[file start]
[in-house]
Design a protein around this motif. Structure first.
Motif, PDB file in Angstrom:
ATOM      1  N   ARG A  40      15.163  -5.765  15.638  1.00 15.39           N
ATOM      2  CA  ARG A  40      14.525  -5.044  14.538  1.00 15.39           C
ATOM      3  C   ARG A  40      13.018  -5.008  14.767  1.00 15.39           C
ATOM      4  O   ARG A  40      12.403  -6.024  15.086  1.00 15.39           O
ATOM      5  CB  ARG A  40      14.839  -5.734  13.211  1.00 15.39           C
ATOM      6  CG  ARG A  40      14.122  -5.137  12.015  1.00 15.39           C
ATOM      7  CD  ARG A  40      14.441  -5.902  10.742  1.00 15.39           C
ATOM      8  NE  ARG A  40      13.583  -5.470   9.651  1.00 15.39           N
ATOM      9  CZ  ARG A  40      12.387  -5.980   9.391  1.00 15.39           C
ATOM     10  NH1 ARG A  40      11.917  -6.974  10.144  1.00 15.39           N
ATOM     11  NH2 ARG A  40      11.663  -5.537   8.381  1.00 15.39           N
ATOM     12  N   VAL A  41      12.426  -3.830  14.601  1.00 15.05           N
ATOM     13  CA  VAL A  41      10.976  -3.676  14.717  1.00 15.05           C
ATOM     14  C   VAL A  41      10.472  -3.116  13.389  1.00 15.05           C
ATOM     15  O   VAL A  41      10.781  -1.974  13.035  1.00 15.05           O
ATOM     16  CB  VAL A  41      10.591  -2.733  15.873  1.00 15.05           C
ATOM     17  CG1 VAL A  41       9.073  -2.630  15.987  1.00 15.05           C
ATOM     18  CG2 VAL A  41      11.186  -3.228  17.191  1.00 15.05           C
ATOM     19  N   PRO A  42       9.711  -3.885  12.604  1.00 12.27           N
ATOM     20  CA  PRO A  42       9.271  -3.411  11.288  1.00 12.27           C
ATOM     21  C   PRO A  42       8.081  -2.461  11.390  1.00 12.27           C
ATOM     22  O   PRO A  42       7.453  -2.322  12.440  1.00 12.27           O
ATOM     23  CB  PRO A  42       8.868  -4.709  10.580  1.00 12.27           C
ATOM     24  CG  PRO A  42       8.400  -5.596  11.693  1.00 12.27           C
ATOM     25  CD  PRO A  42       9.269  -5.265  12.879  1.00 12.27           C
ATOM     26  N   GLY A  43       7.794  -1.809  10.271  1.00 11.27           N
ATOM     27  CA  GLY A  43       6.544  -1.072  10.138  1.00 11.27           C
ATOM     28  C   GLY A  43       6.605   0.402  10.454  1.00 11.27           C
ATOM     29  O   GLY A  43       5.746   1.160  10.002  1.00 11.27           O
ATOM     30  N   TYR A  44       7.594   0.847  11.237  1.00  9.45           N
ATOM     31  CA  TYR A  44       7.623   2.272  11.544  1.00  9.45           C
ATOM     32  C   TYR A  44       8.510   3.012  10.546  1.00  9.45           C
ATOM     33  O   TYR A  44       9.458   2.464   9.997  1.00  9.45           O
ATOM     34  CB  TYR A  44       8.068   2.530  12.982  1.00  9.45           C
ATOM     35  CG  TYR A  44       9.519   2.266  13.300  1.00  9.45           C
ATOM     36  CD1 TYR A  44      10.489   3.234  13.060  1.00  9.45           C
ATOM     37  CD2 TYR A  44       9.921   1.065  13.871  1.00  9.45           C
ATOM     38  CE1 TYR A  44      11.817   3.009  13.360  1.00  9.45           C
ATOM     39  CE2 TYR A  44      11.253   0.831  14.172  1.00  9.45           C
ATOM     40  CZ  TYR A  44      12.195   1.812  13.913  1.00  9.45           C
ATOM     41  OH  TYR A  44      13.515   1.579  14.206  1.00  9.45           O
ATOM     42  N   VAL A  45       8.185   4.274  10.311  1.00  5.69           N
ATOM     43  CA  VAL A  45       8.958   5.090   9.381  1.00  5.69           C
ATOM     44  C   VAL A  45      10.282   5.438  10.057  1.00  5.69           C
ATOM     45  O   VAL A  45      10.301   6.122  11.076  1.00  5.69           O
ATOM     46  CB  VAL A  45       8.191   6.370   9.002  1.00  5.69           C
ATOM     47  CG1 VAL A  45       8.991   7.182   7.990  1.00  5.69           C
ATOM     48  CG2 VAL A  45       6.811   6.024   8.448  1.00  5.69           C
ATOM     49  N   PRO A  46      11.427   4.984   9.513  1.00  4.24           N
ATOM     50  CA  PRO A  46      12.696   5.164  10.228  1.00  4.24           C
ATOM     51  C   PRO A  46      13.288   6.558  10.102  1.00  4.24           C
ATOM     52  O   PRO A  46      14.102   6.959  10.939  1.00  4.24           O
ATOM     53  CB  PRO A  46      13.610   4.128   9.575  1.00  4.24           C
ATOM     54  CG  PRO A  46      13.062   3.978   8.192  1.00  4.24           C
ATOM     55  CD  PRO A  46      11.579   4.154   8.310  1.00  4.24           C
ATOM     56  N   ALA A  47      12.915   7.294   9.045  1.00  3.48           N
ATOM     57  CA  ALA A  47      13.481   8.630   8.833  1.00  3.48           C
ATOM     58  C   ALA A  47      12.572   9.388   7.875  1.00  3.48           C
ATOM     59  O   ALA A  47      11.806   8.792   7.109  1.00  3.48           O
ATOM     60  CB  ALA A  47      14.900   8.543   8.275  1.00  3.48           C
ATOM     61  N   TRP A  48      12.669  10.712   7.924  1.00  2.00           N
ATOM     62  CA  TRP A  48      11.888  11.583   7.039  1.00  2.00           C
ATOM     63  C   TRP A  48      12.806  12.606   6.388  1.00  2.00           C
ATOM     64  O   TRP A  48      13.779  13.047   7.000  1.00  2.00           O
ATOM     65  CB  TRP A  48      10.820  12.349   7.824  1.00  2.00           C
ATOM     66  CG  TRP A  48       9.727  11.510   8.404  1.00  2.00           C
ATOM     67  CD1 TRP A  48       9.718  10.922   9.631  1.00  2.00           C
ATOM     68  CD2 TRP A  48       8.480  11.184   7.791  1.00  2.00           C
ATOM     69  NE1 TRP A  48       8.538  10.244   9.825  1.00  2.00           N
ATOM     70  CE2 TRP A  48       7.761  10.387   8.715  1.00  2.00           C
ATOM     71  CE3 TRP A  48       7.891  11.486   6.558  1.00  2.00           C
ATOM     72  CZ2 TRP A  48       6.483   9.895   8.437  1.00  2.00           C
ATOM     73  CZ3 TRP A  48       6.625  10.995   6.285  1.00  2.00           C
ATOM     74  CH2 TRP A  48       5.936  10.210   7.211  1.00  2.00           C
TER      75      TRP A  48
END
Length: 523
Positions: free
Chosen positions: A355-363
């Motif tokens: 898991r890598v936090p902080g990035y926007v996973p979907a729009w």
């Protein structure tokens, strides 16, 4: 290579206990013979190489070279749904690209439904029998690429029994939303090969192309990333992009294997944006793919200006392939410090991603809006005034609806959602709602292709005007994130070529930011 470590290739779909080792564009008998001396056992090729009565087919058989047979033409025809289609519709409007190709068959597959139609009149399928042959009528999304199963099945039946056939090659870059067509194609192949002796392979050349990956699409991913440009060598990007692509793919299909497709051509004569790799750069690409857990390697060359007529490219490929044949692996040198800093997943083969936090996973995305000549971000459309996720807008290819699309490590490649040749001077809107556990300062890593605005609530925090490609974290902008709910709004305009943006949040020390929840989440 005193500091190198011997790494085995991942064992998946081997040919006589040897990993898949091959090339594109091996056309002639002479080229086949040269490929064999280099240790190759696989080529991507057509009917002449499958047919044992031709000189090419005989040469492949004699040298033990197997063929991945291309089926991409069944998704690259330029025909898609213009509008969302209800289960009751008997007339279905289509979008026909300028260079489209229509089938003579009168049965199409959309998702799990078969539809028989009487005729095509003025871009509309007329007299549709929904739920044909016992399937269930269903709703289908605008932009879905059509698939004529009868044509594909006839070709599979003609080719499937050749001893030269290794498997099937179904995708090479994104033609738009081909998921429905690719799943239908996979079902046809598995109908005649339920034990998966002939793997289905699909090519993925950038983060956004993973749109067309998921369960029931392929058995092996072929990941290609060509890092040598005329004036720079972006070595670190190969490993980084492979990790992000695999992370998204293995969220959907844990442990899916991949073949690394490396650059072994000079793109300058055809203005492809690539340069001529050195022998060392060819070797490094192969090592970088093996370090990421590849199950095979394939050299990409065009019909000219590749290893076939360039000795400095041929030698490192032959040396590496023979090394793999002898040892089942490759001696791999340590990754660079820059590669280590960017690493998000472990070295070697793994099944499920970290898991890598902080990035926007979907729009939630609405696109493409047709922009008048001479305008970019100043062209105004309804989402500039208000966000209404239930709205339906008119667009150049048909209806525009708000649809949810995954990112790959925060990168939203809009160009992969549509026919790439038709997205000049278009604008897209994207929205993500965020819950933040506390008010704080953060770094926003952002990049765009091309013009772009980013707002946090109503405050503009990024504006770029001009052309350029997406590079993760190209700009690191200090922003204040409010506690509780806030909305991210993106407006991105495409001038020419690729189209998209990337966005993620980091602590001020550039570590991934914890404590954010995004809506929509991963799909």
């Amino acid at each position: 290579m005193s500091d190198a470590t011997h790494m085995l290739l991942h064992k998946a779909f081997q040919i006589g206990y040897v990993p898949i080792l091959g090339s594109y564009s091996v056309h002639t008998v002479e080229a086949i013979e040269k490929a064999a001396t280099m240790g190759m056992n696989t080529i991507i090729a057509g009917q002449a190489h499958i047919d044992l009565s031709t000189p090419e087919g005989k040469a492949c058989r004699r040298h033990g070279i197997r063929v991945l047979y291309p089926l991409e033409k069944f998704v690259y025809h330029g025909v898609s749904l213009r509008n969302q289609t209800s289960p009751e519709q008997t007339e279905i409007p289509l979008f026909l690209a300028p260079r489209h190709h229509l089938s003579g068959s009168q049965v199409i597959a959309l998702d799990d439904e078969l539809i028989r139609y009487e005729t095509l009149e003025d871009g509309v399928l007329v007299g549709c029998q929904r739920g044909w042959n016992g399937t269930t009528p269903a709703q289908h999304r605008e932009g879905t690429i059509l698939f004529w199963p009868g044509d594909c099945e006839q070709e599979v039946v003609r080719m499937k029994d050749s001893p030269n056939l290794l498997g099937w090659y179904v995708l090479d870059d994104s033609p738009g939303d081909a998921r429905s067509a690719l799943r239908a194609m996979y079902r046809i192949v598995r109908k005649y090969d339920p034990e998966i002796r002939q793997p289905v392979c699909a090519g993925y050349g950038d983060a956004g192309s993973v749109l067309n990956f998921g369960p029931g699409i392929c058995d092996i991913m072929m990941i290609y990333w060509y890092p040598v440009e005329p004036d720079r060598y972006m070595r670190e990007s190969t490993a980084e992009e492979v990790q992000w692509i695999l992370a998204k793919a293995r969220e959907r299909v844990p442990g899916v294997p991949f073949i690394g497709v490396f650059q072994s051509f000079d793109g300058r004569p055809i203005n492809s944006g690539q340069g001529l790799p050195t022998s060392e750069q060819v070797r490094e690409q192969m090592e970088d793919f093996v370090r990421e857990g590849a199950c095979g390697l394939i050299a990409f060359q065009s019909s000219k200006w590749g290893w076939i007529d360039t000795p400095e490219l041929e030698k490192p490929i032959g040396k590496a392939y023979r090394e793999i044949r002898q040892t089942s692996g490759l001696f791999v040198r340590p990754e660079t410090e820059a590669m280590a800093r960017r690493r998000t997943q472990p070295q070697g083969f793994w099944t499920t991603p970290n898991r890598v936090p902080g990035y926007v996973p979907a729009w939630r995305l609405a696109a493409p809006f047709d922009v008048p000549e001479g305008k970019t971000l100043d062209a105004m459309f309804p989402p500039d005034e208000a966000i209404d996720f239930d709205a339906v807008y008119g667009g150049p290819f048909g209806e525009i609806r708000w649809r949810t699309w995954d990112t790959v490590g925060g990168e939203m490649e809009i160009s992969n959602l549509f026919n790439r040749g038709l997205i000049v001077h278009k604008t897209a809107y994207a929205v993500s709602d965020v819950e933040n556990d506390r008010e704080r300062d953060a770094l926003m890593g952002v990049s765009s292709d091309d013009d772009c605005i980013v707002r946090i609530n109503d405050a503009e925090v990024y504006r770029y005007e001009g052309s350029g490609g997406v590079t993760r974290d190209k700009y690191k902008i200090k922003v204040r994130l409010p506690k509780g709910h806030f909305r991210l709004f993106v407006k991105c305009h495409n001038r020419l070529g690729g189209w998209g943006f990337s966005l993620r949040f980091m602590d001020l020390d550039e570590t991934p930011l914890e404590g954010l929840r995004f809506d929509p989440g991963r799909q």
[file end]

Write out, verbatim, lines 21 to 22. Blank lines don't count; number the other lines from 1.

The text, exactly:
ATOM     18  CG2 VAL A  41      11.186  -3.228  17.191  1.00 15.05           C
ATOM     19  N   PRO A  42       9.711  -3.885  12.604  1.00 12.27           N